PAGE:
of all time and you'll likely hear the names Jim Brown (running
back), Jerry Rice (wide receiver), Mean Joe Greene
(defensive end), Lawrence Taylor (linebacker), Ronnie Lott (safety)
and Gale Sayers (running back).
Tearing down barriers
Williams helped tear down barriers with
his near-perfect performance in the 1988 Super Bowl, when he
led Washington to a 42-10 trouncing of Denver.
Williams, now head football coach at Grambling
University, is the first black quarterback to win Super Bowl
MVP honors. On the night of his biggest triumph, Williams said
he felt vindicated from all the criticism aimed his way during
I was thinking about it, but I wasn't
consumed, he told the Tampa Tribune earlier this year.
It'll eat you up if you make it about revenge. But when
it's over it hits you. You think about what you went through
and what made you stronger.
But none of that matters because
you just did something nobody else is ever going to take away.
Like they say in the Bible, `It is written.'
Moon, arguably the best black quarterback
of all time, played in eight straight Pro Bowls, a quarterback
record. He passed for 291 touchdowns and nearly 50,000 yards
in his 17-year career, mostly with the Oilers.
But when Moon announced his retirement
this year, he said his greatest achievement was helping Michael
Vick become the first black quarterback selected with the first
pick of the 2001 draft. Vick made his pro debut with the Atlanta
Falcons Friday night against the Pittsburgh Steelers in the first
NFL preseason game of the year.
There have been a lot of blacks who've
been the first pick in the draft. But not at this position,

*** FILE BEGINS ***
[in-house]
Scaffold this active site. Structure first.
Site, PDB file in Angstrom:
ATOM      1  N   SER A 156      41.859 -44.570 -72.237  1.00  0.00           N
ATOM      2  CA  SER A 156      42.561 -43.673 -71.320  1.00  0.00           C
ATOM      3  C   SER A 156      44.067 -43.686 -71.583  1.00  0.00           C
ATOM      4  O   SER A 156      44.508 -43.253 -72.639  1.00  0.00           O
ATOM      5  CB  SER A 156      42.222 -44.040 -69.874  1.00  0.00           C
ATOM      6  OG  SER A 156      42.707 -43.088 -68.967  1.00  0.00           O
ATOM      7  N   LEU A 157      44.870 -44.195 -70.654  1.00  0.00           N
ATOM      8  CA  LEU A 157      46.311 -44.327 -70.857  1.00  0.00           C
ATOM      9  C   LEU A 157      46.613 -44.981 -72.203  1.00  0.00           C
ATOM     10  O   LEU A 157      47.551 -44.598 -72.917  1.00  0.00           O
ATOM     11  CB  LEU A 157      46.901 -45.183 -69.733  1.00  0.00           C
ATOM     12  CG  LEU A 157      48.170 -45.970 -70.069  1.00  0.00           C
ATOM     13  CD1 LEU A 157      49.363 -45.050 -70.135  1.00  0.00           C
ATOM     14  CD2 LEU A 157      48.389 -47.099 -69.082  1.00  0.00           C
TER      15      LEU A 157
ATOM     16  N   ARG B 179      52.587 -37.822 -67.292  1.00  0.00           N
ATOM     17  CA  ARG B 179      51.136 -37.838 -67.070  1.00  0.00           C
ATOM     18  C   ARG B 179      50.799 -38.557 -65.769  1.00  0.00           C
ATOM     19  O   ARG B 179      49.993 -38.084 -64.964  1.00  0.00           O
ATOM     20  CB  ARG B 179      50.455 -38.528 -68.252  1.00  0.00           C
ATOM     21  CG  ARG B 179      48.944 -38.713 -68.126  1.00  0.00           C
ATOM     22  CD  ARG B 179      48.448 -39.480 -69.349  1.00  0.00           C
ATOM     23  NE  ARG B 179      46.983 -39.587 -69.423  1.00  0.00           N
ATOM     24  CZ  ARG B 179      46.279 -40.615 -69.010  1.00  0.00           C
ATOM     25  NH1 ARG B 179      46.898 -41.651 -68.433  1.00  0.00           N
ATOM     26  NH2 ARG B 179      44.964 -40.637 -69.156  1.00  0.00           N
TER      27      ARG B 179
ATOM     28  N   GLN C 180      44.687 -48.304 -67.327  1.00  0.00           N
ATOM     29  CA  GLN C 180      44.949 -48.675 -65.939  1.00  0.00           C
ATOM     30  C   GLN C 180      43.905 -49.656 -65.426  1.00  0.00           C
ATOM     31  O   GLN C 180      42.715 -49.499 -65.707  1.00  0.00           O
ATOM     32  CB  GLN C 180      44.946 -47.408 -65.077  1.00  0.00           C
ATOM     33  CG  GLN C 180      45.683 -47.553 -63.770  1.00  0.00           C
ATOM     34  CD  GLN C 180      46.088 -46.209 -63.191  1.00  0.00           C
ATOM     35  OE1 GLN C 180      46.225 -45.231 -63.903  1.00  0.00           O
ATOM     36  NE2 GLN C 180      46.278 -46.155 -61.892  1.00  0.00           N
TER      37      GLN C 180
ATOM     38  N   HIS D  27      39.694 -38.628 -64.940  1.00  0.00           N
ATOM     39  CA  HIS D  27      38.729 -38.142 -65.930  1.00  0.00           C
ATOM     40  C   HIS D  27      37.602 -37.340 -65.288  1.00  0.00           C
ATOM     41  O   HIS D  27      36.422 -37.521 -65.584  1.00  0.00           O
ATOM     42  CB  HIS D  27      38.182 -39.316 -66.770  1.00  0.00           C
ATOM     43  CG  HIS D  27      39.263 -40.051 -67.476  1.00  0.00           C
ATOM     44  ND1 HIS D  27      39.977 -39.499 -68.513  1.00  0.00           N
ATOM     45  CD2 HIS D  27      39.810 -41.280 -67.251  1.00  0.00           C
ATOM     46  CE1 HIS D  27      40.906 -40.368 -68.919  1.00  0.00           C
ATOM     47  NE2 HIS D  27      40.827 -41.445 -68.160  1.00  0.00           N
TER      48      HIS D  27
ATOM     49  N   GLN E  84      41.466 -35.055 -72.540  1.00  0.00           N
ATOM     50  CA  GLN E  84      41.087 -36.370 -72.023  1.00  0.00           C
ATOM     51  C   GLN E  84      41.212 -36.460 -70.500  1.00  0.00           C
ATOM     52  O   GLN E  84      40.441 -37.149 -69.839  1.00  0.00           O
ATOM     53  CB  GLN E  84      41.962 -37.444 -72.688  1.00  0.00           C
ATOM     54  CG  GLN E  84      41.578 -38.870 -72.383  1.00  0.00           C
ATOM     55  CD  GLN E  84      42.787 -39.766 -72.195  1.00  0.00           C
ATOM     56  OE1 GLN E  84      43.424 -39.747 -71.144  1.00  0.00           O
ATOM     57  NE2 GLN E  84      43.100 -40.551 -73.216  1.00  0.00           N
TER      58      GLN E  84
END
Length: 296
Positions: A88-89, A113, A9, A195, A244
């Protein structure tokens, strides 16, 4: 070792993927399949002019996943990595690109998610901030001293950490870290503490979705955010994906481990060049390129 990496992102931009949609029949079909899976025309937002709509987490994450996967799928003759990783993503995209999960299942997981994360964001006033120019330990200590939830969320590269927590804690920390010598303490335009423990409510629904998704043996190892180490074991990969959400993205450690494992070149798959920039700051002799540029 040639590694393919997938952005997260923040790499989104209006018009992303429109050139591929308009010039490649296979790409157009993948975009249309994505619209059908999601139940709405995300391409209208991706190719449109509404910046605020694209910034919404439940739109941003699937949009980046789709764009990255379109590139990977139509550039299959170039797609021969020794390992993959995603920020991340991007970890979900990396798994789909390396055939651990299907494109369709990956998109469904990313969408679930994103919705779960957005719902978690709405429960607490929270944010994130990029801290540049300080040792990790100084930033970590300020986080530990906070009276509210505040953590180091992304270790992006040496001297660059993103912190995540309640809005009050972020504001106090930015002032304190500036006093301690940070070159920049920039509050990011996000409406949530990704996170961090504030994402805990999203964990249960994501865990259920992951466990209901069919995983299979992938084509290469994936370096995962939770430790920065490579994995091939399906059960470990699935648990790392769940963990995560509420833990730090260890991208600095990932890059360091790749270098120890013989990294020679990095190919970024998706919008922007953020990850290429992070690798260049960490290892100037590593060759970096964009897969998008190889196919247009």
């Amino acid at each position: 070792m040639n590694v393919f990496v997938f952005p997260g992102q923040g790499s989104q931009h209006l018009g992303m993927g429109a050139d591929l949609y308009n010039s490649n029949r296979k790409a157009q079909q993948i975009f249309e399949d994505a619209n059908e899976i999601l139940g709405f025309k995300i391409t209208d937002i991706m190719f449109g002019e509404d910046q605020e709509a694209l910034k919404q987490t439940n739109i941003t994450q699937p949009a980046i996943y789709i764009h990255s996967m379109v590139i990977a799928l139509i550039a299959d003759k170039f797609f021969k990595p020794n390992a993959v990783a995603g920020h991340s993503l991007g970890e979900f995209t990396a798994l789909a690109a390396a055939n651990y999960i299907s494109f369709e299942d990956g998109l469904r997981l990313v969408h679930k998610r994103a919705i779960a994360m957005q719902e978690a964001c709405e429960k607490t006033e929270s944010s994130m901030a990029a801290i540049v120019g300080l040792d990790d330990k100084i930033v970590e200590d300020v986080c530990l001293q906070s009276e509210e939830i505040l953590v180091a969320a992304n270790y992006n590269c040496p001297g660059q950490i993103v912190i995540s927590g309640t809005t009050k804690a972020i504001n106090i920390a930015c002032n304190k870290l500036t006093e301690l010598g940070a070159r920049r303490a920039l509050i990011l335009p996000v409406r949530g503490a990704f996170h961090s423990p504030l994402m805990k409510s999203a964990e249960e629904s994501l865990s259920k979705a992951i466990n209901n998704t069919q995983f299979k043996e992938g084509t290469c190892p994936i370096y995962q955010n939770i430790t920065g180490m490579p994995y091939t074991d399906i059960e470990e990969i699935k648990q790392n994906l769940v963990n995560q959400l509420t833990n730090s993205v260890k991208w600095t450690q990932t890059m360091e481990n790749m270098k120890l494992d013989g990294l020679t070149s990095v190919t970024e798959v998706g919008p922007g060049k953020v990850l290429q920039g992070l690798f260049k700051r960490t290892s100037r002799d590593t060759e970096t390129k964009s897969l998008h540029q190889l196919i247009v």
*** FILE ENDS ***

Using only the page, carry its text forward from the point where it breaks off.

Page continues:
Moon said. This is the position on the football field that
commands the type of intelligence, leadership and respect that
go along with making an organization successful. For an organization
to take that kind of stand with a quarterback who happens to
be black is pretty significant.
Donovan McNabb, drafted by Philadelphia
in 1999, has played so well that he easily is the city's second-favorite
athlete behind Allen Iverson. Steve McNair led Tennessee to the
Super Bowl two years ago. Minnesota's Daunte Culpepper, a first-round
choice in '99, now is considered the prototype quarterback
big, strong and fast enough to elude defensive players when flushed
from the pocket. And then there is Vick, one of the most talented
quarterbacks of any color to come out of college
Cowboys Coach Dave Campo has watched a
generation of change. In 1986 Reggie Collier became the first
black quarterback in Dallas, playing one season with the Cowboys.
Rodney Peete played the position in Dallas in 1994.
In the NFL this season, there could be
as many as eight black quarterbacks starting in the 31-team league.
That includes Banks, one of the most intriguing
players at Cowboys training camp. He started 61 NFL games for
St. Louis and Baltimore before Cowboys owner Jerry Jones signed
him to a one-year deal in Dallas.
Banks was lucky while growing up. Several
black quarterbacks played at Michigan State before he was a Spartan